Taking a walk of shame back inside, we attempted to sneak into our parent’s bathroom for a quick mending of our scrapes. We should have known this already, but our house was always far too small to keep secrets, and we bumped into our Dad in the hallway. As expected, he wanted to know why we were holding Band-Aids and Neosporin in our hands. This, in turn, prompted a family discussion about the trash duties.
“Pete, is it really that hard for you to take the trash out by yourself?” Dad asked. “I mean, Chrissa already has other chores, and Marie has barely been introduced into the rotation.”
“Nah, it’s not that hard,” Peter said. “I just don’t really like doing it alone.”
“Maybe the bins too heavy, for him.” Mom suggested, in genuine concern.
“Eh, they’re fine,” Peter said. “I lift the bins by myself, anyway.”
“Well, what is it then?” Dad pressed on.
“It’s just…I’m kind of…” Peter began speaking and then trailed off.
“I’m afraid of the dark.”
August 3, 2013. My maid of honor speech from the wedding of my dear sister Laura, and brother-in-law Jesse.
It’s good to see all of you, but before I start, I must admit something. Despite my calm composed appearance right now, I felt quite daunted while trying to compose this speech. The idea of capturing Laura’s tremendous heart and character in a 2-minute speech is like trying to dump a pool full of water into this 2 oz champagne glass; its just not possible. So, I decided to take a “Laura approach” to the writing process. I took a prayer walk with a paper notebook and listened to dubstep violin for inspiration. Laura is a good teacher, so her methods really work.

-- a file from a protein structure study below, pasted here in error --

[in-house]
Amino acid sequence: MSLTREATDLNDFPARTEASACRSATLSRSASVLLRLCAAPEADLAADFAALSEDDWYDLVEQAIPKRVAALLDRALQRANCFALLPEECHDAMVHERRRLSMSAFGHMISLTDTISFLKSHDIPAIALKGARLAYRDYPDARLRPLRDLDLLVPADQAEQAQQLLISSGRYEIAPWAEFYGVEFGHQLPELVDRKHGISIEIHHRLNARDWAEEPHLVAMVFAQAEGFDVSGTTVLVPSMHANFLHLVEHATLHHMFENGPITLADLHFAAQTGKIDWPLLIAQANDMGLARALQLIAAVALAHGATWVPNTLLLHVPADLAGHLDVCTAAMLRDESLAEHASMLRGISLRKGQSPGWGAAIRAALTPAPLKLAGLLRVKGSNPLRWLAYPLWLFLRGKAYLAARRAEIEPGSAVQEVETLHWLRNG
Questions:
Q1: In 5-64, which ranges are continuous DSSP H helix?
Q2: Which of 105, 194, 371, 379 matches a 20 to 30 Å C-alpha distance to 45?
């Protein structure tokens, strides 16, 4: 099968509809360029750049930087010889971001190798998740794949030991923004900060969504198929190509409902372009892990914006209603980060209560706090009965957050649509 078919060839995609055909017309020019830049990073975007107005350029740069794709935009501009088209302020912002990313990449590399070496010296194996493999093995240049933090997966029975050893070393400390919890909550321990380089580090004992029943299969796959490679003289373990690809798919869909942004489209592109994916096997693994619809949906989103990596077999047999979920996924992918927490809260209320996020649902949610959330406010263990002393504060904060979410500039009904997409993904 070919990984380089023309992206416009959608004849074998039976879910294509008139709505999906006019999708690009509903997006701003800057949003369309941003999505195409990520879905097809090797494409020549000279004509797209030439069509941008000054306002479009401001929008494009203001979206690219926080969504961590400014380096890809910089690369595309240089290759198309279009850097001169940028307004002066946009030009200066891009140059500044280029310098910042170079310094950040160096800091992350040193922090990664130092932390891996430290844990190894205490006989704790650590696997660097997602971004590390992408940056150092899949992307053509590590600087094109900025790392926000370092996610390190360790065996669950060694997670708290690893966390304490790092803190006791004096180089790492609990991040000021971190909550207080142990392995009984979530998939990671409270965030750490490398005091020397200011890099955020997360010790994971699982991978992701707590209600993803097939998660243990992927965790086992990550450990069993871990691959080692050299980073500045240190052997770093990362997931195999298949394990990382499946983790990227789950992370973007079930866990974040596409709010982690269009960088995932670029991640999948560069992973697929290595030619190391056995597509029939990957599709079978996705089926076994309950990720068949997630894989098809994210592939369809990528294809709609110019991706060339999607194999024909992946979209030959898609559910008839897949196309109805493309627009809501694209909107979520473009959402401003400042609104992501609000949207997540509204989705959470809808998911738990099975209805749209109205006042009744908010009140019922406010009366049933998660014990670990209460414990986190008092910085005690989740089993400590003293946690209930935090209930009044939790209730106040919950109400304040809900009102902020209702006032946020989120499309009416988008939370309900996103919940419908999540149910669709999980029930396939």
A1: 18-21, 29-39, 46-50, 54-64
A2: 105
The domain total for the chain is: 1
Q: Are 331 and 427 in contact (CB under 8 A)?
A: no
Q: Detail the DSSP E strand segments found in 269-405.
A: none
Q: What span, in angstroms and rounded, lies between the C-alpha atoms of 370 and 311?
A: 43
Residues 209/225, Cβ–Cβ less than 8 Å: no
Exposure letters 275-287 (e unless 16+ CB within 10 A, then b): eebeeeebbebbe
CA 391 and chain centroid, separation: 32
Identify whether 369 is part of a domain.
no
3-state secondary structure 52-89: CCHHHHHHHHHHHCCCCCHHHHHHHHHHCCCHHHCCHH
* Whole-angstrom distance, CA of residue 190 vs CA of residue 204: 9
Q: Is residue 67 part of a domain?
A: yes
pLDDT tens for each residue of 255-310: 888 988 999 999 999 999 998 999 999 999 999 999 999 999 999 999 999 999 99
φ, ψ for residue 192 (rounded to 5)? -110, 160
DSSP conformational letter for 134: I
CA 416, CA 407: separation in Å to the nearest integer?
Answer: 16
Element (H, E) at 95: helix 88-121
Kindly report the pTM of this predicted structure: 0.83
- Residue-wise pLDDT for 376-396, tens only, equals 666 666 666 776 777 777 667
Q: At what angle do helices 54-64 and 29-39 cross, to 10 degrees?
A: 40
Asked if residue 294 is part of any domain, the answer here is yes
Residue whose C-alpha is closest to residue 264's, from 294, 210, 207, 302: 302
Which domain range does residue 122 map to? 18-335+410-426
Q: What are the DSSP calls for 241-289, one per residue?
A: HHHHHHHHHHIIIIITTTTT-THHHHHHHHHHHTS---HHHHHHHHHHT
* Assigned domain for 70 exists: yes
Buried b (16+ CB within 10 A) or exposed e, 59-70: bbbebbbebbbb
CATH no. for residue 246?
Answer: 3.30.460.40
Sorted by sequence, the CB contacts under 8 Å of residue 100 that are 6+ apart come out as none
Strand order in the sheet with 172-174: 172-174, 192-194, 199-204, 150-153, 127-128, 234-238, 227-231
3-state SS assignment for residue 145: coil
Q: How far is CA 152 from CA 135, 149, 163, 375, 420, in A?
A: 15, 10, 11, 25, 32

Rather than try and fit it all in, tonight I’m going highlight just 3 of Laura’s classic sayings, or Laura-isms and let you discover and share the rest.
# 1 The Peeve Pet
The first is the term “Peeve pet.” That’s correct, not pet peeve. A peeve pet is a term Laura and I coined back in middle school to signify any situation antonymous with a “pet peeve.” More specifically, anything that makes you unusually happy, even if seemingly insignificant. This is a term that Laura needs in her vocabulary and still uses today, because she refuses to let any of life’s joys, no matter how small, pass by without recognizing them. I did a recent mail inbox search for “peeve pet,” and over half a dozen messages from Laura popped up. Peeve pet examples ranged from a cool pillow on a summer night, Casting Crowns and Josh Groban playing consecutively on Pandora, a post-run ocean plunge, a thoughtful student, or even a thunderstorm. [By the way, Jesse, she likes to run outside in storms. Whether or not you want to join her is your choice, but proceed with caution).